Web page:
Earlier this year this writer was given a copy of an EP (“Lle yn y byd mae hyn?”) by a young and up and coming Welsh band. At first I wasn’t sure if I needed another indie guitar band in my collection but as it came out on the always-impressive Libertino Records I decided to give it a spin. It turns out I not only needed another guitar band in my life but I may have stumbled across the beginnings of a story that is going to have a very interesting narrative. This wasn’t more wannabe Manics / SFA /Stereophonics (insert whichever big Welsh band you’ve heard of here) instead what I was hearing was three young men stretching the band dynamic into a new mould more akin to your Pavement, Mogwai, Slint’s. It was remarkable to hear this new, young energy bursting out from a scene that has in the past become stale (and don’t worry there is more to come via this country if you keep paying attention).
Quick on the heels of “Lle yn y byd mae hyn?” comes this new double a-side single. ‘O’n Ni’n Ffrindia’ / ‘When He’s Gone’ sees the band push further with their confidence and their gift with song dynamics. ‘O’n Ni’n Ffrindia’ is all louche strung out mumble sing greatness with some wonderful sudden switches in time signatures and attack. ‘When He’s Gone’ starts of all hanging notes and perfect execution of space before it emerges into a slacker anthem (yeah I used that phrase) that is marries Sub Pop to Rough Trade ethics whilst keeping that beautiful independent Cymraeg spirit.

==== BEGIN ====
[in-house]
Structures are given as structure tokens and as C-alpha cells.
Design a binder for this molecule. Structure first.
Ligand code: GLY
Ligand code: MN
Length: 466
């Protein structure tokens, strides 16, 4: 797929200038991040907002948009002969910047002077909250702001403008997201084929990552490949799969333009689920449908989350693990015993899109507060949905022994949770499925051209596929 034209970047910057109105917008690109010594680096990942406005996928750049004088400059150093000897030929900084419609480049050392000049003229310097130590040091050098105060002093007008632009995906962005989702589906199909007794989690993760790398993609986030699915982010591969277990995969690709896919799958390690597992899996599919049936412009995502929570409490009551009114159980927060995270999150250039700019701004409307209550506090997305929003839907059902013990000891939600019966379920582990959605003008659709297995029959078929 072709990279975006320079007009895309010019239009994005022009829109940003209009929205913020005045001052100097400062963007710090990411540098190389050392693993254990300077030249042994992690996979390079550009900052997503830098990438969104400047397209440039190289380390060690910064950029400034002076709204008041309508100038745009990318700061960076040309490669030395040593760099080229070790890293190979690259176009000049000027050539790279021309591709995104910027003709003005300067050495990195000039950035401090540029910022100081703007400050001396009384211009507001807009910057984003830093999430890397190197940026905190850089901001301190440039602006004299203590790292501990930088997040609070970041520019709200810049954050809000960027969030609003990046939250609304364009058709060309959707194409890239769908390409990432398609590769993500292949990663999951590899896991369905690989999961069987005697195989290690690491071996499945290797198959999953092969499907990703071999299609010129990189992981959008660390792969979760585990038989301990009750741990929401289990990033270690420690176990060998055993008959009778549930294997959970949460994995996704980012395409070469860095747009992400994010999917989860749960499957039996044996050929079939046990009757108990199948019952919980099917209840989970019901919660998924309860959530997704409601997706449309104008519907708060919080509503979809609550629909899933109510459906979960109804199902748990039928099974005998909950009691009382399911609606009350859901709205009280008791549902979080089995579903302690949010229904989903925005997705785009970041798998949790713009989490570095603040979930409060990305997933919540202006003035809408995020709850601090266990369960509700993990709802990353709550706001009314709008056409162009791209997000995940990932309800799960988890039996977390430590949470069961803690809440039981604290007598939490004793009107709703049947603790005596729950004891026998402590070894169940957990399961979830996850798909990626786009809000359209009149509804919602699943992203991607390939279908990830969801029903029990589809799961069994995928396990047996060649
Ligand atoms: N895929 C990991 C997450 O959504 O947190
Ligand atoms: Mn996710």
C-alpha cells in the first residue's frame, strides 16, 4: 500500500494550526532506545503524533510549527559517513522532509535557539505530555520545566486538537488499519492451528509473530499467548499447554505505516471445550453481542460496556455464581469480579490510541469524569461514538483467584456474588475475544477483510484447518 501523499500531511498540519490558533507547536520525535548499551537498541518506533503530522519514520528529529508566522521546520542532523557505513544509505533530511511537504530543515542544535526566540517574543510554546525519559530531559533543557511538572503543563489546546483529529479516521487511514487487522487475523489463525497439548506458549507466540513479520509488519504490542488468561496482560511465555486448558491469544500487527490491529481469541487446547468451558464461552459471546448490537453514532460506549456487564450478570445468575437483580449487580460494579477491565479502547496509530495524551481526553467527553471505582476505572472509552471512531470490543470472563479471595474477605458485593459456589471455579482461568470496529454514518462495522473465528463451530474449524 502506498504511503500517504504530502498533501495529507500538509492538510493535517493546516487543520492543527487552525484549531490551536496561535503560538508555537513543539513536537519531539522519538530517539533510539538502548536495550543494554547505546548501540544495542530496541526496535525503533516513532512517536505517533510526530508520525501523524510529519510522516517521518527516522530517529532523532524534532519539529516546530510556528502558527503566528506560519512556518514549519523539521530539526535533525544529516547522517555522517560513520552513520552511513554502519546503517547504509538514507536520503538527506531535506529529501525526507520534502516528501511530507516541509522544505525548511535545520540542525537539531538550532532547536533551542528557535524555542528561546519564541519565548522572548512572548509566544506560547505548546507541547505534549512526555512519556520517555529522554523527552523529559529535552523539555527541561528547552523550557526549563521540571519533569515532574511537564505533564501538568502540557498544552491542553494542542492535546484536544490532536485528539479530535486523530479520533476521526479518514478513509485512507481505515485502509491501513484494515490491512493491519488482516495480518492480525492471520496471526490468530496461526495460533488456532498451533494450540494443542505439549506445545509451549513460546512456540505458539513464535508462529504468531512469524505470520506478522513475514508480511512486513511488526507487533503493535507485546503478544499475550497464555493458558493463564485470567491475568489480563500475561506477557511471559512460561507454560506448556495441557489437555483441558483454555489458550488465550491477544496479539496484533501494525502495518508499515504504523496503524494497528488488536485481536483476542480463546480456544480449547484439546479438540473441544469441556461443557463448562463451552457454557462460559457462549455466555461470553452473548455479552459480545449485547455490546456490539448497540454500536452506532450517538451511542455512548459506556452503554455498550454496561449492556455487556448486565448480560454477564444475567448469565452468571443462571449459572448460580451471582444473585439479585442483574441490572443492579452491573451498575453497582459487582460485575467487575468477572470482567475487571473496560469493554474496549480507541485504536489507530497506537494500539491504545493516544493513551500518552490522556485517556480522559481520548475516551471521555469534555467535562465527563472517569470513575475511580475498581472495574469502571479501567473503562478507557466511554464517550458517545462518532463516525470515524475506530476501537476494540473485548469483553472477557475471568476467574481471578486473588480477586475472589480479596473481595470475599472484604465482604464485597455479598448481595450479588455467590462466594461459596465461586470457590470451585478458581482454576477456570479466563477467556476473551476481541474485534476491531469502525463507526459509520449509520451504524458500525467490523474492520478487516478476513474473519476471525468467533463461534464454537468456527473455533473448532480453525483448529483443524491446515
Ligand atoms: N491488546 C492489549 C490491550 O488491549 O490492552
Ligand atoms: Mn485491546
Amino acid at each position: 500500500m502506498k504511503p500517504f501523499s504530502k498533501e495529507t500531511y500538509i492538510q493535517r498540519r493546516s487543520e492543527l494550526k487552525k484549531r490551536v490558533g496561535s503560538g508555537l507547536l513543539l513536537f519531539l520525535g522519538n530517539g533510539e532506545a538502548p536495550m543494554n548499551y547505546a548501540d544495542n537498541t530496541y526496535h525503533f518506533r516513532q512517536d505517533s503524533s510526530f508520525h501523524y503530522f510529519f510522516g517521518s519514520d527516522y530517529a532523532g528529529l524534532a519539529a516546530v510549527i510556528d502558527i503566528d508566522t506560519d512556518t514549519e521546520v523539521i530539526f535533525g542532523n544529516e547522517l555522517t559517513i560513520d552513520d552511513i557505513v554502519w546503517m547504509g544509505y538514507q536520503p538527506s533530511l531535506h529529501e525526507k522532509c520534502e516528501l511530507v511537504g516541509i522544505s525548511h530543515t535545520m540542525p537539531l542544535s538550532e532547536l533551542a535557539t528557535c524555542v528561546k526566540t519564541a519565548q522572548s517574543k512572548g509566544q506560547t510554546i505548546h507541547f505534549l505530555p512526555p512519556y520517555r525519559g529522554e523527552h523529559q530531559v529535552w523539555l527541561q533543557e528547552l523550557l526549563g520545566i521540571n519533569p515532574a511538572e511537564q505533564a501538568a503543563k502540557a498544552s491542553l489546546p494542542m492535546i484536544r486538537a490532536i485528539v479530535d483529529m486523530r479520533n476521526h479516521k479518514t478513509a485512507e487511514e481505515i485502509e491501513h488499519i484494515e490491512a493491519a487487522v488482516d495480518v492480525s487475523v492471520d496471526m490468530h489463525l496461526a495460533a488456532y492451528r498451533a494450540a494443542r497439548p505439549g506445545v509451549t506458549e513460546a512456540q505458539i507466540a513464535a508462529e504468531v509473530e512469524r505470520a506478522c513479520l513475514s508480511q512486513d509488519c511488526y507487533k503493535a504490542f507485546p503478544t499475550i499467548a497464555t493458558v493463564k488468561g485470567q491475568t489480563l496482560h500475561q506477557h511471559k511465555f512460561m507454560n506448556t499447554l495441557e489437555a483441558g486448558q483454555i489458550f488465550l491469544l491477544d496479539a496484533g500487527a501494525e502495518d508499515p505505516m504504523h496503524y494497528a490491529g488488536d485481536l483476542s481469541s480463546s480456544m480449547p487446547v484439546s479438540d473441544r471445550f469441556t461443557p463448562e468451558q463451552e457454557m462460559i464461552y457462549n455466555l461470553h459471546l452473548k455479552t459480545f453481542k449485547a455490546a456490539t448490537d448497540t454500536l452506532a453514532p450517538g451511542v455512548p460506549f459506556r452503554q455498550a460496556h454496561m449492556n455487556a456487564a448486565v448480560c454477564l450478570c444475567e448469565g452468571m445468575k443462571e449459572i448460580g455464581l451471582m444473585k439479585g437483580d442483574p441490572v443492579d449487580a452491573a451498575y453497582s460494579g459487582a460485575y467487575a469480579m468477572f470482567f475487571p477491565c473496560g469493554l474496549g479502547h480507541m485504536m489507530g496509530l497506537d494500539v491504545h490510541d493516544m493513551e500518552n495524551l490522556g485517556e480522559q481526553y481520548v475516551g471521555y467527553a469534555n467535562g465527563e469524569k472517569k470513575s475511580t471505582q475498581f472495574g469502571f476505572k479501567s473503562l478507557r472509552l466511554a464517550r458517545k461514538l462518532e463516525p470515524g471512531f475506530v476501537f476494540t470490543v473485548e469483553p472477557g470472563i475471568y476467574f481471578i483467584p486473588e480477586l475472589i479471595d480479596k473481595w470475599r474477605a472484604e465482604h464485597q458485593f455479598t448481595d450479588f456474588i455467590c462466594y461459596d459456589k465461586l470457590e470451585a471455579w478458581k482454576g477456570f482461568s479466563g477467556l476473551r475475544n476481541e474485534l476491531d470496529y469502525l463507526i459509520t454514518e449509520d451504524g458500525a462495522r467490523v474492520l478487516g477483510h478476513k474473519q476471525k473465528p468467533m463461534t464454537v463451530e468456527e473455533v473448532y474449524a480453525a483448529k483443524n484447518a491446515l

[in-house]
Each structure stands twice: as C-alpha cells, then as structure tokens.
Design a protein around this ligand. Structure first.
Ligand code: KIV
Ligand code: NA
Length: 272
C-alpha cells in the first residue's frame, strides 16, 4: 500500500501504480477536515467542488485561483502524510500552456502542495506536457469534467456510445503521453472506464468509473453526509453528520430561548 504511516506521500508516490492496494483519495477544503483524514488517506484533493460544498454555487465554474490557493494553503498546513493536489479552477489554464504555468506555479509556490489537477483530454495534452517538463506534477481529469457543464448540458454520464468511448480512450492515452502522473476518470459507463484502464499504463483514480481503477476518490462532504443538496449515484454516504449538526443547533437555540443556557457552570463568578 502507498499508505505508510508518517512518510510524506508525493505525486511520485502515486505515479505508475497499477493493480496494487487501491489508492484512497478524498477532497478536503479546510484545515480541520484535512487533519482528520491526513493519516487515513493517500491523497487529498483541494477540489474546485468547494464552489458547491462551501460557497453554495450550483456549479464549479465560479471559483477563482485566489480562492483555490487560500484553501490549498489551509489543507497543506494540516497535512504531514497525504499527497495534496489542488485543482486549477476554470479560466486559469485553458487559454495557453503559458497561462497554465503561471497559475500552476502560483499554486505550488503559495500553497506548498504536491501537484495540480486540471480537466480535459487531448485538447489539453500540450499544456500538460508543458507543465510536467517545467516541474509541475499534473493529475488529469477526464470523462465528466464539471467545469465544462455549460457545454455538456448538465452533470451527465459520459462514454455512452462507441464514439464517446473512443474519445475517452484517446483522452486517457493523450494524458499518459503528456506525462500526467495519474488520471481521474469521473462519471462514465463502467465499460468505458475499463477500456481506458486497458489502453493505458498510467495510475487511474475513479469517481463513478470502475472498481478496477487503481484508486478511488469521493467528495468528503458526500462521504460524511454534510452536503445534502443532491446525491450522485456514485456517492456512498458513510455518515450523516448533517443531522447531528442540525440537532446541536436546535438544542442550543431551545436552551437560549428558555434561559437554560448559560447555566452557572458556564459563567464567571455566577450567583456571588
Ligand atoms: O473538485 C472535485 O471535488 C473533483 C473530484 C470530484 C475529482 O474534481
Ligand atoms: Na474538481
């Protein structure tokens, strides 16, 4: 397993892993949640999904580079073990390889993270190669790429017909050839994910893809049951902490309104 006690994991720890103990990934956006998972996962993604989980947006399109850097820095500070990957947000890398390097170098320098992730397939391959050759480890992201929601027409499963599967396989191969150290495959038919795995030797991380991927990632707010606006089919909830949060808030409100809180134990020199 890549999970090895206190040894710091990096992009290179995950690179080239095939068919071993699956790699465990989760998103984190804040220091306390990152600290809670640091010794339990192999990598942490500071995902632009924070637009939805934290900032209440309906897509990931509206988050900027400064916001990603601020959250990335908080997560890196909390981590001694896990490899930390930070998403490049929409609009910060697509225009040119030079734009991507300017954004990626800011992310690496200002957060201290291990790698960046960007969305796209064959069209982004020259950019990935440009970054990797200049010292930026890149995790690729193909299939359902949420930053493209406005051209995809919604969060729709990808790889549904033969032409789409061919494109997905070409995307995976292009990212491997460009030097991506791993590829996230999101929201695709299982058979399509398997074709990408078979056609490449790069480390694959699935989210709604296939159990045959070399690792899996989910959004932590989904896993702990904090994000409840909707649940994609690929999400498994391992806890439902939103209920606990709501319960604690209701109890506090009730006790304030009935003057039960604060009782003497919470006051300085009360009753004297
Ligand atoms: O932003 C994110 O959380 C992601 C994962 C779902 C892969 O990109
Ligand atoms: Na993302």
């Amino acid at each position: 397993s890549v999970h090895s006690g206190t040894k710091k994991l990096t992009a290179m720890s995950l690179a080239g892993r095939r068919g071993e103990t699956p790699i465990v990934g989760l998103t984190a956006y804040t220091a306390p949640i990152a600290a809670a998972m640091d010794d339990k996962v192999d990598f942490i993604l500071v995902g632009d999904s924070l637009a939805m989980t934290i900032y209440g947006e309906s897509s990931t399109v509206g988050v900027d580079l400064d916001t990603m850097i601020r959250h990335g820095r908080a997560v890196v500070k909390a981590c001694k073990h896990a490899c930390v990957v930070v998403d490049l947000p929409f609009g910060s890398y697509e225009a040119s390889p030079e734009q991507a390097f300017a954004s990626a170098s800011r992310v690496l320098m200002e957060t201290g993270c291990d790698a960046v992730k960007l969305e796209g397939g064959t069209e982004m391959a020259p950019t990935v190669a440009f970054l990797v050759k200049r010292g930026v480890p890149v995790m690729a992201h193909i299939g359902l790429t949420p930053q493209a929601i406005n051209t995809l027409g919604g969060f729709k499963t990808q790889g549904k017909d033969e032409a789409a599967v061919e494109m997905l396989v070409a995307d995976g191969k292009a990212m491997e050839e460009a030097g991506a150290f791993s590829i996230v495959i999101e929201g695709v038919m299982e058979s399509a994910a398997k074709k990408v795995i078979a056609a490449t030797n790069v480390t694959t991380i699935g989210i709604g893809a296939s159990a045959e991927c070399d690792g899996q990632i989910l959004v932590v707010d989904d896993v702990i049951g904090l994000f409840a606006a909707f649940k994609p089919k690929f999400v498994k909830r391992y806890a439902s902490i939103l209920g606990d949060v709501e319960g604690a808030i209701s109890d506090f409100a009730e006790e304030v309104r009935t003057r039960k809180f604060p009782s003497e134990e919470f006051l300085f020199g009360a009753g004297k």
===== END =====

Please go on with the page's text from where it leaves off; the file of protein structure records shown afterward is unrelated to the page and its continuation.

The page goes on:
Ianto Gruffydd from the band explains:
“O’n ni’n ffrindia’ deals in part with the loss of friendship, ‘When He’s Gone’ deals with another kind of loss, the decline of heroes and individuals. When you see someone deteriorating and how difficult that is whilst also remembering how hugely influential that individual was for so many people. It’s easy to forget that'”
Papur Wal will hardly be off the road this summer, culminating in a UK tour showcasing the new exciting sound of Wales alongside Adwaith and Mellt in early September: Poetry Club, Glasgow (4th), Manchester Yes (5th) and London Dalston Victoria (6th)
Here is more evidence that what we are living through right now is a golden period for music in Wales. If you are reading this from outside the country please start investigating and paying attention as you don’t want to be on the sidelines for what is building into a quite remarkable movement.